FLAGSTAFF, Ariz. – One day it was her best friend, the next day it was her neighbor.
Such is the bizarre twist of fate Courtney Dow was dealt at this week’s U.S. Girls’ Junior at Forest Highlands Golf Club.
Dow, 16, of Frisco, Texas, drew best-friend Cheyenne Knight, of Aledo, Texas, for Wednesday’s round-of-64 match and less than 18 hours after the 5-and-4 victory she was joined on the first tee of the Meadow Course by fellow Frisco resident Binny Lee.
“It was strange to face a Texan in the first and second round,” said Dow near the 16th green following a 4-and-2 defeat to Lee. “Both were tough, but at the same time it was fun to play with friends.”
Well, Lee is certainly an acquaintance. The two girls might live 10 minutes from each other in suburban Dallas, but outside of golf competitions rarely cross paths.
You certainly won’t find Lee or Dow, a 2016 commit to Texas A&M, taking in a movie or shopping at the local mall. Lee, whose mother Nan Yool won a gold medal in Taekwondo at the 1988 Seoul Olympics, is a rising sophomore who is home-schooled, while Dow will be a junior at Trinity Christian Academy in Addison.
They both practice and play at different golf courses: Lee at Frisco Lakes and Dow at Stonebriar Country Club.
Lee even wrote on her media bio that because she’s home-schooled, she doesn’t have any non-golfing friends.
“I felt really bad competing against her,” said the soft-spoken Lee, who closed out the match with a 35-foot birdie on No. 16 that drew a loud scream from her father, Sangjin, who was watching from the fairway. “She’s a good friend.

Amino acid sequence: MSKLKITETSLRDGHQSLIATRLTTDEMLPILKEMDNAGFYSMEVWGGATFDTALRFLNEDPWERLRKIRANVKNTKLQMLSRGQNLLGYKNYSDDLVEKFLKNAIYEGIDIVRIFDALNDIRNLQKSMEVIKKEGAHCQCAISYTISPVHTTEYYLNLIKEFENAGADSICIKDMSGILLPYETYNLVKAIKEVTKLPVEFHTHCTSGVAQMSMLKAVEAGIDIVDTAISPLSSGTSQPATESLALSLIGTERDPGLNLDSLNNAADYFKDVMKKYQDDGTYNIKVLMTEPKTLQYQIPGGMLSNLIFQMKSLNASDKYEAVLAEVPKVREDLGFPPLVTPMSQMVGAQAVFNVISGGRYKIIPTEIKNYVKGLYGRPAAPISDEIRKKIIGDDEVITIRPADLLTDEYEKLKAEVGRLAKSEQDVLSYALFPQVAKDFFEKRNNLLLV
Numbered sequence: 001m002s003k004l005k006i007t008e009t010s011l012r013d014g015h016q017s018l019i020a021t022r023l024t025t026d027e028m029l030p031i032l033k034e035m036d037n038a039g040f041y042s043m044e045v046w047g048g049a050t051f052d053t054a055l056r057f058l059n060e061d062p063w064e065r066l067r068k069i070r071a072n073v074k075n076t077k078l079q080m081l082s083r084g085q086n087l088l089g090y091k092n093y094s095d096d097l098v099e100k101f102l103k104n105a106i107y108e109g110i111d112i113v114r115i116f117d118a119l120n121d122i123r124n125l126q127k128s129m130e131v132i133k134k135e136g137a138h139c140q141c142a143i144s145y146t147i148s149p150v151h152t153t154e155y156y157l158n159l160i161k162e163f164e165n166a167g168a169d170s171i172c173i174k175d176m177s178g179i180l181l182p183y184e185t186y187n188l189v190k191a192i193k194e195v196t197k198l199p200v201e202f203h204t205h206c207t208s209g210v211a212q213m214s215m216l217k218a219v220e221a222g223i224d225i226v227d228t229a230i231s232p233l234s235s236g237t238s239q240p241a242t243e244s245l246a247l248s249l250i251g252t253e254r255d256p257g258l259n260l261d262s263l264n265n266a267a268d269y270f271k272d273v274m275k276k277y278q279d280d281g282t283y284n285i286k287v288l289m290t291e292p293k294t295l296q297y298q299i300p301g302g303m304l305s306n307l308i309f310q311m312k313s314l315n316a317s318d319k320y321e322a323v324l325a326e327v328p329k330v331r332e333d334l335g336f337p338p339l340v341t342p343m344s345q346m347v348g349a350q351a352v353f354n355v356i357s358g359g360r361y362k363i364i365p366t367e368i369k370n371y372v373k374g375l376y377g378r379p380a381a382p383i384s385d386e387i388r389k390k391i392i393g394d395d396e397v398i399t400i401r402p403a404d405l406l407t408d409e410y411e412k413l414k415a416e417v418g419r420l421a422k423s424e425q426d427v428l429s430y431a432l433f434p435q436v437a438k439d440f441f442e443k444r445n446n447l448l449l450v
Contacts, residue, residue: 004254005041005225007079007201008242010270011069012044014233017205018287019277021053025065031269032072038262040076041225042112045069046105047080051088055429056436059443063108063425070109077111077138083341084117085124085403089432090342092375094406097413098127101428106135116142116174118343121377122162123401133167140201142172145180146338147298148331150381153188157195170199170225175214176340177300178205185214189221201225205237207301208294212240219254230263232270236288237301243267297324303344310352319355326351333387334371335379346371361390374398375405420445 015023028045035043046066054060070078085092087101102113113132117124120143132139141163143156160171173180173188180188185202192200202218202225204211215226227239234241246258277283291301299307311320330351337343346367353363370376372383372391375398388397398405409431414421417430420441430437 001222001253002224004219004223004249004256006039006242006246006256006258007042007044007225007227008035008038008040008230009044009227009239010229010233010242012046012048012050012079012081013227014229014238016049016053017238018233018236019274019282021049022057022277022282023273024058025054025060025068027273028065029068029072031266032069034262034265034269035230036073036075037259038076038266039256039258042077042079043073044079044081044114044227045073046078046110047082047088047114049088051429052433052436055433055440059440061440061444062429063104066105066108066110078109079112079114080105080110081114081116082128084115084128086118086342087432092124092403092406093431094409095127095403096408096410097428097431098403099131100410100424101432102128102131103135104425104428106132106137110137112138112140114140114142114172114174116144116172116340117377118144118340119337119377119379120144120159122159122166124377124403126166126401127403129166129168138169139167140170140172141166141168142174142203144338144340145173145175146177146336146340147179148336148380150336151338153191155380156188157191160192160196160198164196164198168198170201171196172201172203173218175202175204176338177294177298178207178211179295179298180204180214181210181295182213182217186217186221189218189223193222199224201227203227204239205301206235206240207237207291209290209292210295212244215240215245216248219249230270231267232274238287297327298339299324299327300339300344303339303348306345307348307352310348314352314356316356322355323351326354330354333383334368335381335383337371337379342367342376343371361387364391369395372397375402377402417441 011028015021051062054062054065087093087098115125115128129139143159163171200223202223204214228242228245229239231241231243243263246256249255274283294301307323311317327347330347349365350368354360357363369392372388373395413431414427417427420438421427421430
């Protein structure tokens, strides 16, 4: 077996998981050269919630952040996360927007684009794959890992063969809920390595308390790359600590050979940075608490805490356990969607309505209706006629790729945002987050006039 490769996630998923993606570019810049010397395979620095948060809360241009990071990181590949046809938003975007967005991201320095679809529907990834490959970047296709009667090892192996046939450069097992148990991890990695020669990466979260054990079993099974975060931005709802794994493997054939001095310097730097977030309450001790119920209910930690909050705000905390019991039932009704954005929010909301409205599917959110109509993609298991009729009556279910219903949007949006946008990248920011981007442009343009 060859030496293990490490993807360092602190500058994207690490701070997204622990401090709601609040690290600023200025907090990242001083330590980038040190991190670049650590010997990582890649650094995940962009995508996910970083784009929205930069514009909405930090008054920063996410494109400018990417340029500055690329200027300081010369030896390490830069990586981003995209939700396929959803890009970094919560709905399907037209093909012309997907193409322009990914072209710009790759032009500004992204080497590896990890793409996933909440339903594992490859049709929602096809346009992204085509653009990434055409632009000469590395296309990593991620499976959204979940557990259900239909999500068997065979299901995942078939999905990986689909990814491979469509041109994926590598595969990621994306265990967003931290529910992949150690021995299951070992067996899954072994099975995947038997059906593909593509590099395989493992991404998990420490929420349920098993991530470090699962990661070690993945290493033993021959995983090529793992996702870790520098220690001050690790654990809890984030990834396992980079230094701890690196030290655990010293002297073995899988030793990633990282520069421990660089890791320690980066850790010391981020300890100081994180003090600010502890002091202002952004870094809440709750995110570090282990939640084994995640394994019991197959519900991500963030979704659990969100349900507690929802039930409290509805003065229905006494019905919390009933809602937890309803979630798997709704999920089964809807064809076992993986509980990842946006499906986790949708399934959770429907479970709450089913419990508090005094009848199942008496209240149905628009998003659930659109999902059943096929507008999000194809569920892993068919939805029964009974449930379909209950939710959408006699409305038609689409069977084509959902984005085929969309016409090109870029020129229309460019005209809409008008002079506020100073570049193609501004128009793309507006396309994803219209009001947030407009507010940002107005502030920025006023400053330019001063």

“I think it’s good to have friends [off the course], but I am trying to focus on golf and working hard to improve.”
After Tuesday’s final stroke-play qualifying round, Dow was having dinner at Chipotle with Knight and her family when the first-round pairings popped up in her smart phone. Dow resisted saying anything, but later sent her best friend a text.
“You should check the tee times,” she wrote.
The two didn’t end an eight-year kinship over the match. In fact, Dow and Knight, who lives 90 minutes away in a Fort Worth suburb, chatted and enjoyed a post-match ice cream before she left for home.
Dow, meanwhile, prepared for the Texas two-step. Her balky putter didn’t cooperate as she missed a 5-foot birdie on the par-3 second hole, a sign of how the day would go.
Before hopping in a transportation cart for the clubhouse, a gracious Dow high-fived Lee and wished her luck in the round of 16 against 13-year-old Sofia Chabron, of the Philippines.
Lee went off to have lunch and prepare for a match she would win, 2 up. Dow left to visit one of the world’s natural wonders: the Grand Canyon.
Now that’s something she won’t see in Texas.
Getting The Job Dunne
Two things changed in the last year, propelling Brigitte Dunne to another level in her development. The first was she gave up competitive soccer and tennis. The second occurred about a month ago when she switched to a claw grip for putting.
“I couldn’t get good at it if I was only doing it part-time, and it’s worked,” said Dunne, who advanced to the quarterfinals on Thursday with a 4-and-3 win over Mary Janiga.
But even before the 17-year-old from Camarillo, Calif., arrived at Forest Highlands, a new wave of confidence had been gained in early July when Dunne claimed the North and South Girls Junior at Pinehurst Resort and Country Club’s No. 6 Course. Dunne won the 54-hole event in a two-hole playoff over Sarah Spicer, despite a final-round 76 that included a triple bogey on hole 17. Dunne, in fact, thought she had lost the tournament.
Then she got up and down for par on the first playoff hole and won it with a birdie on the next hole.
“It was weird because I didn’t make any putts all day,” said Dunne, a rising senior at Oaks Christian High School who has committed to attend Southern Methodist University in 2015. “That [win] really changed my whole perspective. It showed I can make clutch putts. Putting has always been my weakness, but it’s becoming a lot better.”